Sawyer said that 20 years of AIDS has been a tragedy of missed opportunity.

"We were sending out a call to arms in the gay community 20 years ago,'' he said. "At that time, the number of cases was in the hundreds.''

But it took a ballooning death count, and the passing of celebrities such as Rock Hudson, to stir America out of its indifference.

In Twenty Years, A Billion Cases of AIDS?

Now, the world is paying attention to the implications of a global pandemic, but it may already be too late, Sawyer said: "In India, there are three to four people sharing beds in hospitals, and two or three more on the floor, waiting for their shift. This is not an old epidemic. It is just starting. In 20 years, we could be talking about a billion cases of AIDS.''

Current efforts to bring cheap AIDS drugs to Africa are highlighting how medical technology has become a new measure of the great gap between rich and poor.

"HIV continues to point its finger at everything that is wrong with our society,'' said Tom Coates, director of the University of California at San Francisco AIDS Research Institute.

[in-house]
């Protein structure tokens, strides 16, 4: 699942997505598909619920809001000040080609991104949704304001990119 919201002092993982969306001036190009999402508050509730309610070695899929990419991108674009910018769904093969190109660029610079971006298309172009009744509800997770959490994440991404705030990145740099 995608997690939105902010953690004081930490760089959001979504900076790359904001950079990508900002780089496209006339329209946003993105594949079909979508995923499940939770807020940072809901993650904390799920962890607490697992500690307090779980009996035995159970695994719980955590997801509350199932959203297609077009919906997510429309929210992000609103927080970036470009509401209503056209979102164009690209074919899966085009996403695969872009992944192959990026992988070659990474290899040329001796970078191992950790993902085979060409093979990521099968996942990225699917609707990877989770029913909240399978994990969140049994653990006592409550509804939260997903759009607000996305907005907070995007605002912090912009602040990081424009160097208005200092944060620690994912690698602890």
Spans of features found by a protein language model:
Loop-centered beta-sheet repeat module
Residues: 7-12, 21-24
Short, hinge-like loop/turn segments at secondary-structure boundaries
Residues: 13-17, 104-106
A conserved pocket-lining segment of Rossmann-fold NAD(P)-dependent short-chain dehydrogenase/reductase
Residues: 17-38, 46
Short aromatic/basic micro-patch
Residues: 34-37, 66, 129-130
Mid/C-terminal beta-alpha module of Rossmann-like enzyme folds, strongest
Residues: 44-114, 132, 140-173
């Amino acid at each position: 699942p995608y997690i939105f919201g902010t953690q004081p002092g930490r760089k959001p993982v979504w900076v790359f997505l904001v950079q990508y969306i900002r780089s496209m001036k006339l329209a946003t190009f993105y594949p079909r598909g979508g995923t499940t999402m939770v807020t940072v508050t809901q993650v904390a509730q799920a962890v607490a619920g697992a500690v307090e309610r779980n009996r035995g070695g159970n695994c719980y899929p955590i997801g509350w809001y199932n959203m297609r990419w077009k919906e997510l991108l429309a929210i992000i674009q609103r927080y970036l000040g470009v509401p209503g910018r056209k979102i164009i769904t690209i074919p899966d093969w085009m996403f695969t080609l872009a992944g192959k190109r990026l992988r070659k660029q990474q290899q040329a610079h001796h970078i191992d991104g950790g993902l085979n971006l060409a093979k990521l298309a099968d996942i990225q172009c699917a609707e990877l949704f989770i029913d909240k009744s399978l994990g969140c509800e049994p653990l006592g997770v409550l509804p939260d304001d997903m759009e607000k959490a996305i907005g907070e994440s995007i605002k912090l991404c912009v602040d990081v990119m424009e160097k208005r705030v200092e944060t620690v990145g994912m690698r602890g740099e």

In the developing world, AIDS is thriving in an environment where health services are minimal, and the plague is accompanied by other diseases such as malaria and tuberculosis, as well as famine and warfare.

AIDS in the United States began among gay white men and remains largely confined to homosexuals, drug users and their sexual partners. In Africa and the rest of the developing world, AIDS is a heterosexual epidemic, and young African women bear the brunt of new infections.

Still, the epidemic in Africa at its core shares a fundamental trait with those that are occurring in Western nations: AIDS is a slow killer that works its way through populations long before the first signs of illness.

Gottlieb sensed this 20 years ago, when he identified the first cases of a previously unknown disease. Two decades later, he is still chilled by its stealthy efficiency.

"This is a deadly and tricky virus that takes advantage of our blind spots,'' he said. "It works the blind spots in the human immune system and the blind spots in human consciousness. It plays on denial.''

(c) 2001 The San Francisco Chronicle

AIDS at 20 Part 2: A Disease That Changed Our World